8. Why was the guy in the red shirt on Star Trek always killed by the end of the episode? Because he (and it was almost always a HE, because the paradigm was that MEN drove starships, and WOMEN were "communication officers") was an "other" and didn't fit in with the rest of the bunch, who were known and loved as part of the unit. And that poor guy in the red shirt? He was often a (cough) "MINORITY"--different from the others! Maybe his race was different, maybe he was a non-human, or maybe he was just UGLIER than the rest of the pack! But he didn't fit in, so he was EXPENDABLE!

    Why does South Park have a black child in their "cast" called TOKEN? Now, that's telling it like it is, in a rather "in your face" fashion.

    Our brains are trained (for better or, very often, worse) to categorize, to discriminate, to group--and the paradigm we're taught to base our comparisons on is something called "normal." Normal (though this is gradually shifting) is caucasian and neuro-typical. However, if the subject is cleaning or cooking, "normal" is a woman (or a clumsy male who can't find the can opener), and if it's cars and trucks, it's men with deep voices.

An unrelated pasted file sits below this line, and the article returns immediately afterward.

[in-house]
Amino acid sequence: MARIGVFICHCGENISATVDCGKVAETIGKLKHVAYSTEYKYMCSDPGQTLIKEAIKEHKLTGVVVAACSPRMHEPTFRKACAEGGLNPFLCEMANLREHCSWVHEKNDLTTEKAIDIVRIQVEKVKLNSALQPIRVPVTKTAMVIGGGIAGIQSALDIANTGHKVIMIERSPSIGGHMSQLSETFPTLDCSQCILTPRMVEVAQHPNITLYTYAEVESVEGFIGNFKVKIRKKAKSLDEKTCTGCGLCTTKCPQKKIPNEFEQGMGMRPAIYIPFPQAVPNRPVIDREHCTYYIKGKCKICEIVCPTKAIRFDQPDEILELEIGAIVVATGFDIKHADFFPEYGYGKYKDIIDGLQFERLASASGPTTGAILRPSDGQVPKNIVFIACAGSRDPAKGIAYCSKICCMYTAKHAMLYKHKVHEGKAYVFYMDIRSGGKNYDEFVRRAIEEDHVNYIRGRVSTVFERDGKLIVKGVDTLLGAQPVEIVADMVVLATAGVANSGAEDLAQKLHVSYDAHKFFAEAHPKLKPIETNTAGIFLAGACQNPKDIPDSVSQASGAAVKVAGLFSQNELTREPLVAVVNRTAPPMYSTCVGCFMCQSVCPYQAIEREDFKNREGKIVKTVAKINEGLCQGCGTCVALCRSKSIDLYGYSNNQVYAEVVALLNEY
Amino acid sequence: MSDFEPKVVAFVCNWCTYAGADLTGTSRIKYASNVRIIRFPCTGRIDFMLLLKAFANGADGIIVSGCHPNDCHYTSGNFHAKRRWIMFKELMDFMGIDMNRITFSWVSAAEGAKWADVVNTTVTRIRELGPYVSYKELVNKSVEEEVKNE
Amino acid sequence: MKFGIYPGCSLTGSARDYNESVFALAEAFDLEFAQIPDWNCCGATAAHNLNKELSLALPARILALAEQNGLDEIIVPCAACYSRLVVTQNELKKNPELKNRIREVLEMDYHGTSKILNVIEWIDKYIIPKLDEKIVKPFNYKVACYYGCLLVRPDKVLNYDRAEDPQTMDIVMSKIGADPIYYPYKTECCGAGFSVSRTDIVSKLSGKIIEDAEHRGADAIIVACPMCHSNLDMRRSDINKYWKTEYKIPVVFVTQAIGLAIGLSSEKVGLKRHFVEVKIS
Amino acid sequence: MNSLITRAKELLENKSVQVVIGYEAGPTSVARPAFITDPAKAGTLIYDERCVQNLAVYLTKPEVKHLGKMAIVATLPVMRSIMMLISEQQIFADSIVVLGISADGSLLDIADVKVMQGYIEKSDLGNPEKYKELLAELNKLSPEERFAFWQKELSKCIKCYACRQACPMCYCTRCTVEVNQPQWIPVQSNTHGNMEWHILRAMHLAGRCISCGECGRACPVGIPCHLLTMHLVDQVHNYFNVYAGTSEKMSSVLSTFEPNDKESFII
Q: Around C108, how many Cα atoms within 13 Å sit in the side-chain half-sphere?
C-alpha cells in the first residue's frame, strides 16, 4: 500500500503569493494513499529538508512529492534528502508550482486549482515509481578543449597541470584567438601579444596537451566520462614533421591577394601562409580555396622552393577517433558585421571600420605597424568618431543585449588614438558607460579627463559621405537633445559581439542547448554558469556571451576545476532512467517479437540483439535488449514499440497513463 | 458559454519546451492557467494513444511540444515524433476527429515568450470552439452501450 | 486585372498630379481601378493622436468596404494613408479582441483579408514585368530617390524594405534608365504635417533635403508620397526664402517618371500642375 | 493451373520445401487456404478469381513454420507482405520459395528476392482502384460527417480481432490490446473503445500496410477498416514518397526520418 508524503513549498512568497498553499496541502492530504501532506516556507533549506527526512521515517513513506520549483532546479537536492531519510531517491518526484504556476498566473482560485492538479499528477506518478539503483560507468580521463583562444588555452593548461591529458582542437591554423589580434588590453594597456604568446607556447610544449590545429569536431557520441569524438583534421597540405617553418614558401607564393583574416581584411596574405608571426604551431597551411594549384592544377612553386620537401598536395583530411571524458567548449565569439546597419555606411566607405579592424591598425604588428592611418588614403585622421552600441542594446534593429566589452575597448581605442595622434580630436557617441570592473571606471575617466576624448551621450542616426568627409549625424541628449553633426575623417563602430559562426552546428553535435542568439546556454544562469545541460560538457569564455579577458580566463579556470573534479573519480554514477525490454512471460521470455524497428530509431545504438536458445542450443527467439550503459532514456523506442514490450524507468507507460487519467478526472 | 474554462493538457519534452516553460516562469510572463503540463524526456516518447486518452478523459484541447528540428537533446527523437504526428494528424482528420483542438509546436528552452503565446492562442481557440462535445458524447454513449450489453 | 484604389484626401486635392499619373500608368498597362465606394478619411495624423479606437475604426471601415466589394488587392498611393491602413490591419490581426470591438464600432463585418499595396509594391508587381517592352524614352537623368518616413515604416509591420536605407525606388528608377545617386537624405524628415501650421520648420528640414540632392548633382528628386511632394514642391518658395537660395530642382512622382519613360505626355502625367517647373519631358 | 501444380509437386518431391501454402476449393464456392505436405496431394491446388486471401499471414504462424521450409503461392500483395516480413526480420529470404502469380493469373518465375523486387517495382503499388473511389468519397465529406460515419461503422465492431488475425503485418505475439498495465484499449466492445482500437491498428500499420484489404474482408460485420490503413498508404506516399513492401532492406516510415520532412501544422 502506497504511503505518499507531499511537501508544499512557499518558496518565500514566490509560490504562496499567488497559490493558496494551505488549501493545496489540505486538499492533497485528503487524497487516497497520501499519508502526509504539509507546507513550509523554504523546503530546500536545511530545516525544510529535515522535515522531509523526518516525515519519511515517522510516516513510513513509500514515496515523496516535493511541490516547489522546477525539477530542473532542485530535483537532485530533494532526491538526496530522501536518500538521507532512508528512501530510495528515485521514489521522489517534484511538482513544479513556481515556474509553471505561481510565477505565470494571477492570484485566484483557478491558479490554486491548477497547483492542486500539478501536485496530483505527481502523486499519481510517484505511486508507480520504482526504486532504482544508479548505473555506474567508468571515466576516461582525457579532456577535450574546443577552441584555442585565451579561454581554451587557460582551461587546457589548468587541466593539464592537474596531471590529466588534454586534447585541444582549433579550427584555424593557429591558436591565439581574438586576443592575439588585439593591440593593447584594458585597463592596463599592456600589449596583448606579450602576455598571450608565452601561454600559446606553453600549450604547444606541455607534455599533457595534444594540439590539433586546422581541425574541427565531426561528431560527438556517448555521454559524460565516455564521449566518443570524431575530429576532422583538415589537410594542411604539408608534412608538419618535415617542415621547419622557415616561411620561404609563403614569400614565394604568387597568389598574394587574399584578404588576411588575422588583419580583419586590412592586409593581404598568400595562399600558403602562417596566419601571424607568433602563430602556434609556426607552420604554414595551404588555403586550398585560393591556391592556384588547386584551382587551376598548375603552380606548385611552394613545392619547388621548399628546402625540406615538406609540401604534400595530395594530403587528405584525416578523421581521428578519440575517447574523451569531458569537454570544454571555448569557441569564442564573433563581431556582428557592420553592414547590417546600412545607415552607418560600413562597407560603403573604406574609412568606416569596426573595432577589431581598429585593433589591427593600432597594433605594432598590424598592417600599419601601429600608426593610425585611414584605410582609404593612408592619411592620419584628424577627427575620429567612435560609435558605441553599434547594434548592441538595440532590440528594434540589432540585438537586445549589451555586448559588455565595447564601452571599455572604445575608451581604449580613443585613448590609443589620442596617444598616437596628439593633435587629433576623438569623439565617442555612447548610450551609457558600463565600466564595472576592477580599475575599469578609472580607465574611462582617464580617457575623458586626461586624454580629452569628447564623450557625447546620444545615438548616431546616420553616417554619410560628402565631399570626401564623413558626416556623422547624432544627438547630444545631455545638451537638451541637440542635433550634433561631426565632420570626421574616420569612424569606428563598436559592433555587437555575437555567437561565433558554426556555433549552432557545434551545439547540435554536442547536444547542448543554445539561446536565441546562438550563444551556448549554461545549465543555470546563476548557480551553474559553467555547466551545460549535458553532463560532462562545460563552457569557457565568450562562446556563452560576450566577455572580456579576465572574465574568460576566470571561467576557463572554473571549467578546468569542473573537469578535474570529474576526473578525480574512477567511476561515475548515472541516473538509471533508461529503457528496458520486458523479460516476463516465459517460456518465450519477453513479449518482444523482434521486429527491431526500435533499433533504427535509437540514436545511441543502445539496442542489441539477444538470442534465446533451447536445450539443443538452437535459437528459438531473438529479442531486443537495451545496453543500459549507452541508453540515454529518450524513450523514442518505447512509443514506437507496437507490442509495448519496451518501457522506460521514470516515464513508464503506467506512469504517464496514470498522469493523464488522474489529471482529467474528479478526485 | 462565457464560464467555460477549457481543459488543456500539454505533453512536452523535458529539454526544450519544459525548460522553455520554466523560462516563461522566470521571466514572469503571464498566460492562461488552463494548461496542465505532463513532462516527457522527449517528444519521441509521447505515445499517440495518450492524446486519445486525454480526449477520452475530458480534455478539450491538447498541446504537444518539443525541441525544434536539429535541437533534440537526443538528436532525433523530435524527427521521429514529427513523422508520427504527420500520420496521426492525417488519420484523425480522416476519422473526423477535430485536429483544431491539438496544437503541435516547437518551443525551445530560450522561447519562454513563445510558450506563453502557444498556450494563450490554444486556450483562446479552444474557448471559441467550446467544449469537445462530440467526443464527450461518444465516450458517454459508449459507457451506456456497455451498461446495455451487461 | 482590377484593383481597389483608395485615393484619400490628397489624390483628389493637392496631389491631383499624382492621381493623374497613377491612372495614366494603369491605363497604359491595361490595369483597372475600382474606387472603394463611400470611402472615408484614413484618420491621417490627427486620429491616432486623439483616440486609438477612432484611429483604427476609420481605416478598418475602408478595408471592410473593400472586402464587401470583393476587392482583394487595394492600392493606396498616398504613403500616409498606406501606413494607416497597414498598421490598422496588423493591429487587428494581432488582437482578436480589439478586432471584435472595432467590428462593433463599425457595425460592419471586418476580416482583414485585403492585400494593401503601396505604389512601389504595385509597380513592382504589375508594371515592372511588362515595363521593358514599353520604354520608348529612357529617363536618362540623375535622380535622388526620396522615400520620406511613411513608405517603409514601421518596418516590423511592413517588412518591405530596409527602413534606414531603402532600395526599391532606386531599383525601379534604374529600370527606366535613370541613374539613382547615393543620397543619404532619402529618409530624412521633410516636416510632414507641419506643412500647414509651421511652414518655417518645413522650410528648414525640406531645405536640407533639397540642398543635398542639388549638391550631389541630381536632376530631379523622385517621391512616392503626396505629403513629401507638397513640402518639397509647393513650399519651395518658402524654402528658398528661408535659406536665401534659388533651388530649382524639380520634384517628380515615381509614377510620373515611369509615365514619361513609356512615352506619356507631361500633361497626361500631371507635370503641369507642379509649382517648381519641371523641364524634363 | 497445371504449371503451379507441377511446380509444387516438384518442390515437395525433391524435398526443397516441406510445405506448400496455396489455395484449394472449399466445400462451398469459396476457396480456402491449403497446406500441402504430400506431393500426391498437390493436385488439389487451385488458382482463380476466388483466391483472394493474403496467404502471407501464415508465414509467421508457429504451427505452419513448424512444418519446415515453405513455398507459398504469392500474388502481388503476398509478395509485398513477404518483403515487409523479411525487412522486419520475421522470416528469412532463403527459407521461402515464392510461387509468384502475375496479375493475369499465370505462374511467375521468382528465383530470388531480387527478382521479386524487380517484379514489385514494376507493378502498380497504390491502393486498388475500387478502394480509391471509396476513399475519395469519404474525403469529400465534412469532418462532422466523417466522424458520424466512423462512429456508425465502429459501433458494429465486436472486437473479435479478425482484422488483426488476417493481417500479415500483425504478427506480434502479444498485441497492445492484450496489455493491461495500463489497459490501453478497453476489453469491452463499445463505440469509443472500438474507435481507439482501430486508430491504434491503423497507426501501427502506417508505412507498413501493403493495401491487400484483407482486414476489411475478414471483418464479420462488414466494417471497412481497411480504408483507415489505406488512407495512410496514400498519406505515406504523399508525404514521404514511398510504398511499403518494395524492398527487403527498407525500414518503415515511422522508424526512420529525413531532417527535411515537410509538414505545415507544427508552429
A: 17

Do what I do when I'm bored, and you'll see what I mean. Turn on the TV and analyze every ad--watch the women scrubbing the bathroom or fretting about smells and stains. Watch the men with their deep voices selling you a TRUCK or LIFE INSURANCE (because women aren't good with money, doncha know). It's like a trip back to the fifties, and not in a good way. Very rarely do they step outside the paradigm, and when they do, they're patting their sorry asses on the back for it--see, see? We're not "prejudiced!!"

    But here's the good news--and let me use "black comedians" as an example. Once upon a time, the "black comedian" (the only one White America was allowed to see or hear) was Redd Foxx. There was just one. Then, there was Dick Gregory (who dared to become less funny and more "active") and the ironically named Slappy White. And then came Richard Pryor, and the floodgates opened. But still, we're talking just about MEN....but look around, there are women out there too--the ice-breaker was Moms Mabley; and then came Whoopi Goldberg, Mo'nique, Wanda Sikes, etc...

    Anyway, once upon a time if you saw a "black comedian" on TV, it was a rare event. Now, no one even notices. It didn't happen overnight, though. It's a slow slog.